Yes, ferric chloride is REALLY messy stuff.&nbsp; I've gone away from it for PCB's, I now use ammonium persulfate although there are some really nice instructables on using cuprous chloride (??).&nbsp; I wasn't aware that ferric chloride etches aluminium though, thanks for the info.
Beautiful work on a nice looking bike. mrwolfe (and kea) should be wary of the &quot;anodizing&quot; action of 'caustic soda'. Caustic soda is also known as lye or sodium hydroxide (or in the US, DRANO) and, in strong enough concentrations, will simply dissolve aluminum... with the release of potentially explosive hydrogen gas. The reason that aluminum, and chromium, stay so nice and bright is that they oxidize immediately on contact with the oxygen in our atmosphere. The really cool thing about the oxide layer? It's transparent! The transparent layer of oxidized (reacted with oxygen, or, in the case of iron, rusted) metal prevents any further penetration of oxygen into the body of your piece of metal. And, as mrwolfe has pointed out regarding acid, safety precautions apply equally to bases (the other end of the pH scale). If you touch sodium hydroxide with bare skin, a process called saponification begins: the inorganic base (lye) reacts with the fatty acids (your own personal skin!) and immediately starts to form soap. This is why your fingers will feel so slippery after touching lye. Get it off FAST! Under running water. Hope to see your future projects.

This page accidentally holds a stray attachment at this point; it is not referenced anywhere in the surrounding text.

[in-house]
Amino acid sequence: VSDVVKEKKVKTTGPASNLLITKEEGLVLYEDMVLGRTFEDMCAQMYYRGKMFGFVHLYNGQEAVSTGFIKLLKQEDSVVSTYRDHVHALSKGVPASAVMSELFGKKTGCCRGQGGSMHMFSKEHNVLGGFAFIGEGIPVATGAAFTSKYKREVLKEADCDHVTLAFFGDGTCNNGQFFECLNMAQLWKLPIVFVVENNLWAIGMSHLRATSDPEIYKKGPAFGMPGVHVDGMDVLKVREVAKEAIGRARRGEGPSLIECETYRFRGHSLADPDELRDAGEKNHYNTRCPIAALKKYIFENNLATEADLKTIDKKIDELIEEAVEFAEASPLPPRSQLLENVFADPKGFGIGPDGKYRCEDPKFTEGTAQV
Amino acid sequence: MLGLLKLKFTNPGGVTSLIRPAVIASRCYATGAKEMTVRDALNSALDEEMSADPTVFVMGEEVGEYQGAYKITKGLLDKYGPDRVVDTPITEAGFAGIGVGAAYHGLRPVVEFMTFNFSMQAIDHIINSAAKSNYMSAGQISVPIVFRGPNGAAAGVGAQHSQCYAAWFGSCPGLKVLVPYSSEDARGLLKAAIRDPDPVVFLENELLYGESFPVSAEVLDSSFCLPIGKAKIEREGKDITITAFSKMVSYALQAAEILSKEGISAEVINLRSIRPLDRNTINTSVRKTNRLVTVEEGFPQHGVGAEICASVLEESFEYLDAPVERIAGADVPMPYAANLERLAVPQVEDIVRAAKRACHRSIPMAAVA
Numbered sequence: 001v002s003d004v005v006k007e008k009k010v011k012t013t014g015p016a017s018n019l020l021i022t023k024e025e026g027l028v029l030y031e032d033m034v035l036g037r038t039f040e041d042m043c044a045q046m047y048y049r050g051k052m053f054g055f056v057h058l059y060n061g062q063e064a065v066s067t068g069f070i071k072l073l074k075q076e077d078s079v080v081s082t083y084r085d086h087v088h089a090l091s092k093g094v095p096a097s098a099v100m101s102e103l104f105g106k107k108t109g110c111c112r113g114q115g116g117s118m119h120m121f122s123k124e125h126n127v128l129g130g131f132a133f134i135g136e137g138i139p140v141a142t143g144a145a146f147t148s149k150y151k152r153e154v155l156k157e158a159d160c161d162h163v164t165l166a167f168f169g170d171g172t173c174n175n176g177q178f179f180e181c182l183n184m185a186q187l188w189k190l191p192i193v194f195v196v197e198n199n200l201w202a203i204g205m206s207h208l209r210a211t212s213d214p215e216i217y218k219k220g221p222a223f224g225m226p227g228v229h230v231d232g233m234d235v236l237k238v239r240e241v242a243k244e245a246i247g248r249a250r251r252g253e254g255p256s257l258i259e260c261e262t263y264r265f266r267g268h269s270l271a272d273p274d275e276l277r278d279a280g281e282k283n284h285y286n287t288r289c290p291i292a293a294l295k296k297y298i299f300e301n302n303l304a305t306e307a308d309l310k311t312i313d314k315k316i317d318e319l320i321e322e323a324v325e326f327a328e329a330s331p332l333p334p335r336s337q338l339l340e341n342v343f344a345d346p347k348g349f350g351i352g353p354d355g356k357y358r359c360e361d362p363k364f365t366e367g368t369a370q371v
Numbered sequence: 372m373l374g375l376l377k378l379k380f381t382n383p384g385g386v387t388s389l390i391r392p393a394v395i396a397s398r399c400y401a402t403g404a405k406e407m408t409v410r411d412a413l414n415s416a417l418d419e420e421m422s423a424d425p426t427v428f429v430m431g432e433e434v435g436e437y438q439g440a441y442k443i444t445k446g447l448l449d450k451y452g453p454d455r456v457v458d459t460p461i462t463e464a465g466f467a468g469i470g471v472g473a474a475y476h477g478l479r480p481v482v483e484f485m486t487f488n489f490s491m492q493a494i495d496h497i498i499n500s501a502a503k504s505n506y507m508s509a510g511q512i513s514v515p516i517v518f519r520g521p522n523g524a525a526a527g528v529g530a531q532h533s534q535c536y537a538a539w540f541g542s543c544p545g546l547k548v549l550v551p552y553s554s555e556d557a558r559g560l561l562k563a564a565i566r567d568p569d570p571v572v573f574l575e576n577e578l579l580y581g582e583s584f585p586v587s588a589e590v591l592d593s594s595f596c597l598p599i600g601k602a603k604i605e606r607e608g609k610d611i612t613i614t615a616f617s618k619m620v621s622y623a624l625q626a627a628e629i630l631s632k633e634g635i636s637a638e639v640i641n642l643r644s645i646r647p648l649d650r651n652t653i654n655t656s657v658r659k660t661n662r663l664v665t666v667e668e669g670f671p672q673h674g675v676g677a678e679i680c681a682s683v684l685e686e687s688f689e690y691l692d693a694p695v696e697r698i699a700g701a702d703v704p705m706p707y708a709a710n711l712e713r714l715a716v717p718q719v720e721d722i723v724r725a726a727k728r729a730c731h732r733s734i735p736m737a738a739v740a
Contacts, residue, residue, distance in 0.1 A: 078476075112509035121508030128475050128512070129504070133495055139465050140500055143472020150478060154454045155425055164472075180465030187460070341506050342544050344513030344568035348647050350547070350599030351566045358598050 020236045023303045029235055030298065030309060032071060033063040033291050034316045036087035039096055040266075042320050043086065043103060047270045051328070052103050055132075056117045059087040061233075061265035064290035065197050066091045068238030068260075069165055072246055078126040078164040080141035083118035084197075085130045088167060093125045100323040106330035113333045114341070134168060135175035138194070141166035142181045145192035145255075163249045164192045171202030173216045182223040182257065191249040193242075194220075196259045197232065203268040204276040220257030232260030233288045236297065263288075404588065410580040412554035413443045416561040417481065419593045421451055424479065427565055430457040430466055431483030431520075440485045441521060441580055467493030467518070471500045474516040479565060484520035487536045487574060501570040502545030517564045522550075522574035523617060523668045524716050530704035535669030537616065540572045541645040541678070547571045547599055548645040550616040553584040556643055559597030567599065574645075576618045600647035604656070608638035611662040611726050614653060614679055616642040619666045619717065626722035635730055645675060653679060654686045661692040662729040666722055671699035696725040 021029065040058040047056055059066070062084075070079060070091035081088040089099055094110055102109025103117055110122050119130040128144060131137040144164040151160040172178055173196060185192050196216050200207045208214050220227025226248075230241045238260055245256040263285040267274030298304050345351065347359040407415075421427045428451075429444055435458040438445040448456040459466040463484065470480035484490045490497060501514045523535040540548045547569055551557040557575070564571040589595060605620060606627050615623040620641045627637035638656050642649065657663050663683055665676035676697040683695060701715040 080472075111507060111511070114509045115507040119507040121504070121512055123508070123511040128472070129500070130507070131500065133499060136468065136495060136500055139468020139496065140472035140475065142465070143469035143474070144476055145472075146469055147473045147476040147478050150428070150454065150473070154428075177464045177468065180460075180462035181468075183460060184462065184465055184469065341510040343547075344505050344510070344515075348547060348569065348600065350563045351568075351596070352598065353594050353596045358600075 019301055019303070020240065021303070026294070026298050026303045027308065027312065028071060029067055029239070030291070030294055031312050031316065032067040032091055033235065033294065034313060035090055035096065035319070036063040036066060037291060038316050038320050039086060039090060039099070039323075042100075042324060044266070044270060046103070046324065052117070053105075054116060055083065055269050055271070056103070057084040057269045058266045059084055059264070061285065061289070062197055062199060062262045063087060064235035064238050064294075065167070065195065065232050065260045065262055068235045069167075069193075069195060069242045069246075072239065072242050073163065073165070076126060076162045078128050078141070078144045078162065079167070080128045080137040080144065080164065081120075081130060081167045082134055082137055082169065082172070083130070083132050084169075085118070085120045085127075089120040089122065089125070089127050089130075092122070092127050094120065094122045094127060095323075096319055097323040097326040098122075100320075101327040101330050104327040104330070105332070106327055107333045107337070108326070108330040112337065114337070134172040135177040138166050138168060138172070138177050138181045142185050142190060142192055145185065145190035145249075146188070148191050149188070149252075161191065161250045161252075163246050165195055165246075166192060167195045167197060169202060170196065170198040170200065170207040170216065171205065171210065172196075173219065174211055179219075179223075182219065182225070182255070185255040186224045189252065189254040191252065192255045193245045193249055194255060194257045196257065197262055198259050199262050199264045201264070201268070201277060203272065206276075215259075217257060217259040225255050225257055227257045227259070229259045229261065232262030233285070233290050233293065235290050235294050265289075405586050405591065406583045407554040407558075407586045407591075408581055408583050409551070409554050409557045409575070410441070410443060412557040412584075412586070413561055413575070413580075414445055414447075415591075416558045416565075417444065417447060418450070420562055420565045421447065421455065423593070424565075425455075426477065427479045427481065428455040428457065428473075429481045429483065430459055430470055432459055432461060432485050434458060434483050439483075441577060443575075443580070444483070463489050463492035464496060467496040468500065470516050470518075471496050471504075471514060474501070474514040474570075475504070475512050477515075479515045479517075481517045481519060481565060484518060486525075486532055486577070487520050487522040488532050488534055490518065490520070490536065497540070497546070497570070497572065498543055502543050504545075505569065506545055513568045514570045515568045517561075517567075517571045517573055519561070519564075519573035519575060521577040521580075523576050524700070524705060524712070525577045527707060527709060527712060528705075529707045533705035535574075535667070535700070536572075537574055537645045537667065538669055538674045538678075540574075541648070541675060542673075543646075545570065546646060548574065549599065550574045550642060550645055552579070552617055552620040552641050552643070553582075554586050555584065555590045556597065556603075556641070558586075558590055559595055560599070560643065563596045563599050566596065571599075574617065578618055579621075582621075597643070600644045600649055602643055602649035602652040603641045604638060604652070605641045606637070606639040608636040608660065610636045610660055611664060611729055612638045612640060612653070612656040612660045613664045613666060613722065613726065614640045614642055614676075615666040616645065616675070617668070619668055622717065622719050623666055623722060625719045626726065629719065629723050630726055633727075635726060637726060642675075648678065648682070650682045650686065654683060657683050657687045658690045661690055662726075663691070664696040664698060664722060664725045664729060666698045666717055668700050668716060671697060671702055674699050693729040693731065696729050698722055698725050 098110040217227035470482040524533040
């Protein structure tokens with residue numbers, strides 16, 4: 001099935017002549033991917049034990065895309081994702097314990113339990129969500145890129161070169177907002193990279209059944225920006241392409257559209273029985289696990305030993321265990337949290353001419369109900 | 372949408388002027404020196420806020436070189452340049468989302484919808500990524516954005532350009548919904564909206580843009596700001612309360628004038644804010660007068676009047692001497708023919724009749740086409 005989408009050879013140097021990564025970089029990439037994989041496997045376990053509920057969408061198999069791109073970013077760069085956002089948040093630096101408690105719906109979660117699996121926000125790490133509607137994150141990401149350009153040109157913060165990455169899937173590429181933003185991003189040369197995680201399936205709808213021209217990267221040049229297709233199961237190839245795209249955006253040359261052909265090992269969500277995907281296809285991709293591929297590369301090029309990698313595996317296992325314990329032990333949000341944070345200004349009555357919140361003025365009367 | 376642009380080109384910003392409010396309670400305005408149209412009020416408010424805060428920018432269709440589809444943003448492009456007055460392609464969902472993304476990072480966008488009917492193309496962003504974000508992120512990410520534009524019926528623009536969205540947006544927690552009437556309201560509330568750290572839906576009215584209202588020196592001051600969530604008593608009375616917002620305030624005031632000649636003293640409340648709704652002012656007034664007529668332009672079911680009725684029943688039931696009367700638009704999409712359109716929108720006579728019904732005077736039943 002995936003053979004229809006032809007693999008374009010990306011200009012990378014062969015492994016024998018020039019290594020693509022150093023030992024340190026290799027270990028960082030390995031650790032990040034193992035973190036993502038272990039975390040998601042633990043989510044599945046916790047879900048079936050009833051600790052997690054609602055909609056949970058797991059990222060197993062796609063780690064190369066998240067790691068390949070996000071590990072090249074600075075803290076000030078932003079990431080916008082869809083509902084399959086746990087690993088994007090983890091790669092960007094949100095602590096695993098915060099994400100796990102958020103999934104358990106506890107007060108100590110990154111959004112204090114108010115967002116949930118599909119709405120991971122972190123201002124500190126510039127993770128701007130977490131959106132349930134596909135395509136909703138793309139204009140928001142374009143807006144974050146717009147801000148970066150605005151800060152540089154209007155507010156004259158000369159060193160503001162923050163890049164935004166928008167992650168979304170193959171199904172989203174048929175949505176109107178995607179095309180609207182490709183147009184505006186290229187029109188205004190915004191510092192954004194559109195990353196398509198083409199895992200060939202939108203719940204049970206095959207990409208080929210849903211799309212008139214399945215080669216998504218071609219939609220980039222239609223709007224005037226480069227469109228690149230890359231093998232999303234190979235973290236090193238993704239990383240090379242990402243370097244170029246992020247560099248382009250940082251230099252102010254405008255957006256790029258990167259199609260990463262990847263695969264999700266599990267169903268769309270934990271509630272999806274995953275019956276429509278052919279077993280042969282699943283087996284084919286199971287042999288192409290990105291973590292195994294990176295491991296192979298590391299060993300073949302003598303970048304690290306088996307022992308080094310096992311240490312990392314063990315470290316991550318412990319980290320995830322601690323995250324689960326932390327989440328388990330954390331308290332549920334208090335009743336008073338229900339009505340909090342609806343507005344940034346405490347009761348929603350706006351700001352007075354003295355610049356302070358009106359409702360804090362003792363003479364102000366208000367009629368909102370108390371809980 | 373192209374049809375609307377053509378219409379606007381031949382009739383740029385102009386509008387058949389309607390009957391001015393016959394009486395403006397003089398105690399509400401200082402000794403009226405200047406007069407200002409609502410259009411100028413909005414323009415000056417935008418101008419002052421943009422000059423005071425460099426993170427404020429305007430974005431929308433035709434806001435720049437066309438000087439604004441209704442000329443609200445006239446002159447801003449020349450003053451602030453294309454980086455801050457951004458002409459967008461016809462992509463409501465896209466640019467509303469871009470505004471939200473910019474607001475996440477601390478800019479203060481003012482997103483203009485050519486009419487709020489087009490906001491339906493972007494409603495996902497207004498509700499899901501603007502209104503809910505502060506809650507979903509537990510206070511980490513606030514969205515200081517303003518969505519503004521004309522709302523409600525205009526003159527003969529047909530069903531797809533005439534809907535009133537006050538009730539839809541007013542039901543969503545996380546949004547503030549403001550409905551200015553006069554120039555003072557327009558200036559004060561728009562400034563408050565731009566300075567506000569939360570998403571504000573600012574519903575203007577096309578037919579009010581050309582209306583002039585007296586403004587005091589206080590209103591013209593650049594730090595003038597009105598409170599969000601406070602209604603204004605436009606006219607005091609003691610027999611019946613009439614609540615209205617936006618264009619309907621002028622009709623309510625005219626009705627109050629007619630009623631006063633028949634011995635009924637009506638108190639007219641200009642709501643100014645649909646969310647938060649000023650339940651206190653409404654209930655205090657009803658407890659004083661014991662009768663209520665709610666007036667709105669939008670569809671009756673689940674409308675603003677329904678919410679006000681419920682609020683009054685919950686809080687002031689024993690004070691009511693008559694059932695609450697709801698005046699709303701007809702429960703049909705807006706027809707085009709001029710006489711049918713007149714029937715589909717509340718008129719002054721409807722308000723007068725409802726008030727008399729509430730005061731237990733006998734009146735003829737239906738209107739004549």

Thanks Arkie.<br> <br> Interesting, isn't it, that a really thin layer of oxide preserves the shiny appearance of metals like aluminium, and a thick layer (i.e anodising) can make it opaque and dull.
That's really nice, and a custom bit of yourself to make your bike a bit more &quot;you.&quot; I love being able to make my stuff less like everyone else's stuff. :D Thanks for such a clear instrubtable!
You're most welcome :)
Can this be used to etch aluminum from cans or is that too thin and/or not the right flavor of aluminum?
Yes and no.<br> <br> Acid will etch any grade of auminium, but cans usually have a protective plastic coating on them. You will probably have to remove the coating first.<br> <br> If you wanted a pattern on the can, you could dilute the acid a bit to prevent it from going all the way through. Dilute acid will still eventually eat its way through the thin material of a can, but it will take longer, giving you some time to work and still be able to wash it off. Experiment!<br> <br> <br> As I have said, though, always add acid to water, NEVER add water to acid.